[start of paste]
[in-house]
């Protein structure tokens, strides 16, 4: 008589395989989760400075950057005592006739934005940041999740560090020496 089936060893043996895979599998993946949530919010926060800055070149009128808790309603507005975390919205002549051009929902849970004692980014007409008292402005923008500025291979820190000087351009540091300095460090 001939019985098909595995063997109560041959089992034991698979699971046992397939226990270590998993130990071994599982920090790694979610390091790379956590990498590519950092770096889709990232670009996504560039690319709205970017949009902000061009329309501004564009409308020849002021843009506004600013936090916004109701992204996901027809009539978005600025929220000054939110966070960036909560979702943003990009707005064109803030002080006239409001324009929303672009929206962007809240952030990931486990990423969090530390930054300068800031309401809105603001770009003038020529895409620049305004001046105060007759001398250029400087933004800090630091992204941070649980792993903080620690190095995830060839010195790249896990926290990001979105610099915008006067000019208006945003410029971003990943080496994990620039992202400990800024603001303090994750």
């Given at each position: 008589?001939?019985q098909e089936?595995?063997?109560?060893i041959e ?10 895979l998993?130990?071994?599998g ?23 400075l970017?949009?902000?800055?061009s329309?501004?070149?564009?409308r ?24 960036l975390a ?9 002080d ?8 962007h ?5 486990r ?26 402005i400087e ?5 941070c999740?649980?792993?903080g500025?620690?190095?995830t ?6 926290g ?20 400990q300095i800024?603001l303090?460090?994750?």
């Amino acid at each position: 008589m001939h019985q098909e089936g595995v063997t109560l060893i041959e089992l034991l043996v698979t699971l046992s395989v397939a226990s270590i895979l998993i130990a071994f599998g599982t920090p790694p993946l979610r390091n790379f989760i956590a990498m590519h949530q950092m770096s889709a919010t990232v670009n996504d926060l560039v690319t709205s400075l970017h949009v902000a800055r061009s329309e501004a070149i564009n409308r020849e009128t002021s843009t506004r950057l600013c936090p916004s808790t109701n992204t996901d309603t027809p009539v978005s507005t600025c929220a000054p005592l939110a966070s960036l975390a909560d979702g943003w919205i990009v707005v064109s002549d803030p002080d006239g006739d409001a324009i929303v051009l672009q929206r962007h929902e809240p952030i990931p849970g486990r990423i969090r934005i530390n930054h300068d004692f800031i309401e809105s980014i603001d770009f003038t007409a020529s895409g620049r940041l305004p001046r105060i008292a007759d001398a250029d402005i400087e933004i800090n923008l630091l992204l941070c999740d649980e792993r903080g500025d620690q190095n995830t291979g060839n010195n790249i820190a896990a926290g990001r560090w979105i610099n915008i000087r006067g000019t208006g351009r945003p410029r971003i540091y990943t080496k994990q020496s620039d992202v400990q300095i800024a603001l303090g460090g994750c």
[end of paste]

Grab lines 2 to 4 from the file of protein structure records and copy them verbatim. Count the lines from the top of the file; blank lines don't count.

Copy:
């Protein structure tokens, strides 16, 4: 008589395989989760400075950057005592006739934005940041999740560090020496 089936060893043996895979599998993946949530919010926060800055070149009128808790309603507005975390919205002549051009929902849970004692980014007409008292402005923008500025291979820190000087351009540091300095460090 001939019985098909595995063997109560041959089992034991698979699971046992397939226990270590998993130990071994599982920090790694979610390091790379956590990498590519950092770096889709990232670009996504560039690319709205970017949009902000061009329309501004564009409308020849002021843009506004600013936090916004109701992204996901027809009539978005600025929220000054939110966070960036909560979702943003990009707005064109803030002080006239409001324009929303672009929206962007809240952030990931486990990423969090530390930054300068800031309401809105603001770009003038020529895409620049305004001046105060007759001398250029400087933004800090630091992204941070649980792993903080620690190095995830060839010195790249896990926290990001979105610099915008006067000019208006945003410029971003990943080496994990620039992202400990800024603001303090994750």
């Given at each position: 008589?001939?019985q098909e089936?595995?063997?109560?060893i041959e ?10 895979l998993?130990?071994?599998g ?23 400075l970017?949009?902000?800055?061009s329309?501004?070149?564009?409308r ?24 960036l975390a ?9 002080d ?8 962007h ?5 486990r ?26 402005i400087e ?5 941070c999740?649980?792993?903080g500025?620690?190095?995830t ?6 926290g ?20 400990q300095i800024?603001l303090?460090?994750?």
């Amino acid at each position: 008589m001939h019985q098909e089936g595995v063997t109560l060893i041959e089992l034991l043996v698979t699971l046992s395989v397939a226990s270590i895979l998993i130990a071994f599998g599982t920090p790694p993946l979610r390091n790379f989760i956590a990498m590519h949530q950092m770096s889709a919010t990232v670009n996504d926060l560039v690319t709205s400075l970017h949009v902000a800055r061009s329309e501004a070149i564009n409308r020849e009128t002021s843009t506004r950057l600013c936090p916004s808790t109701n992204t996901d309603t027809p009539v978005s507005t600025c929220a000054p005592l939110a966070s960036l975390a909560d979702g943003w919205i990009v707005v064109s002549d803030p002080d006239g006739d409001a324009i929303v051009l672009q929206r962007h929902e809240p952030i990931p849970g486990r990423i969090r934005i530390n930054h300068d004692f800031i309401e809105s980014i603001d770009f003038t007409a020529s895409g620049r940041l305004p001046r105060i008292a007759d001398a250029d402005i400087e933004i800090n923008l630091l992204l941070c999740d649980e792993r903080g500025d620690q190095n995830t291979g060839n010195n790249i820190a896990a926290g990001r560090w979105i610099n915008i000087r006067g000019t208006g351009r945003p410029r971003i540091y990943t080496k994990q020496s620039d992202v400990q300095i800024a603001l303090g460090g994750c």